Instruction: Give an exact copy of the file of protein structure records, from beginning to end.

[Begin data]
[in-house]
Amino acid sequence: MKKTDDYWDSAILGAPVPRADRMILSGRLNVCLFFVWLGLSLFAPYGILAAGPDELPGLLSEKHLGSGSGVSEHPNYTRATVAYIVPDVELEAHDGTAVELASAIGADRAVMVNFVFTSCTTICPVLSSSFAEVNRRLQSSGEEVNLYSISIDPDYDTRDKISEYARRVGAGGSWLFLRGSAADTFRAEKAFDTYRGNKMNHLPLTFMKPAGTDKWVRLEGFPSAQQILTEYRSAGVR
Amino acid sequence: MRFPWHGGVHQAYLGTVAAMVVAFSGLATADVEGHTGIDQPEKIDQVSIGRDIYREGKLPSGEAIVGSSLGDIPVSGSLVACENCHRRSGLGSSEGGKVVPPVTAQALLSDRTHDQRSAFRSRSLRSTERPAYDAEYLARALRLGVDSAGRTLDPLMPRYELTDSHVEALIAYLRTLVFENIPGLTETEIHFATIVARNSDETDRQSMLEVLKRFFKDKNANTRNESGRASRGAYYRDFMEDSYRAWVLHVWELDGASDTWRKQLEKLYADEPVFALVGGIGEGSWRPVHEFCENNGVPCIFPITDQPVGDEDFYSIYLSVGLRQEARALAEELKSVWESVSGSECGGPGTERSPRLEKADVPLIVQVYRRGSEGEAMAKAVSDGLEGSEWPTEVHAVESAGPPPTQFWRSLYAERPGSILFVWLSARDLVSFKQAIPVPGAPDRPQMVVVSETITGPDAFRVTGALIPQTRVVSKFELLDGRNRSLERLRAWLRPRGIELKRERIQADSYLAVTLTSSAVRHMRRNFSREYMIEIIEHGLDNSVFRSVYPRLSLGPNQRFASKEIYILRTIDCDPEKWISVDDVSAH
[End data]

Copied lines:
[in-house]
Amino acid sequence: MKKTDDYWDSAILGAPVPRADRMILSGRLNVCLFFVWLGLSLFAPYGILAAGPDELPGLLSEKHLGSGSGVSEHPNYTRATVAYIVPDVELEAHDGTAVELASAIGADRAVMVNFVFTSCTTICPVLSSSFAEVNRRLQSSGEEVNLYSISIDPDYDTRDKISEYARRVGAGGSWLFLRGSAADTFRAEKAFDTYRGNKMNHLPLTFMKPAGTDKWVRLEGFPSAQQILTEYRSAGVR
Amino acid sequence: MRFPWHGGVHQAYLGTVAAMVVAFSGLATADVEGHTGIDQPEKIDQVSIGRDIYREGKLPSGEAIVGSSLGDIPVSGSLVACENCHRRSGLGSSEGGKVVPPVTAQALLSDRTHDQRSAFRSRSLRSTERPAYDAEYLARALRLGVDSAGRTLDPLMPRYELTDSHVEALIAYLRTLVFENIPGLTETEIHFATIVARNSDETDRQSMLEVLKRFFKDKNANTRNESGRASRGAYYRDFMEDSYRAWVLHVWELDGASDTWRKQLEKLYADEPVFALVGGIGEGSWRPVHEFCENNGVPCIFPITDQPVGDEDFYSIYLSVGLRQEARALAEELKSVWESVSGSECGGPGTERSPRLEKADVPLIVQVYRRGSEGEAMAKAVSDGLEGSEWPTEVHAVESAGPPPTQFWRSLYAERPGSILFVWLSARDLVSFKQAIPVPGAPDRPQMVVVSETITGPDAFRVTGALIPQTRVVSKFELLDGRNRSLERLRAWLRPRGIELKRERIQADSYLAVTLTSSAVRHMRRNFSREYMIEIIEHGLDNSVFRSVYPRLSLGPNQRFASKEIYILRTIDCDPEKWISVDDVSAH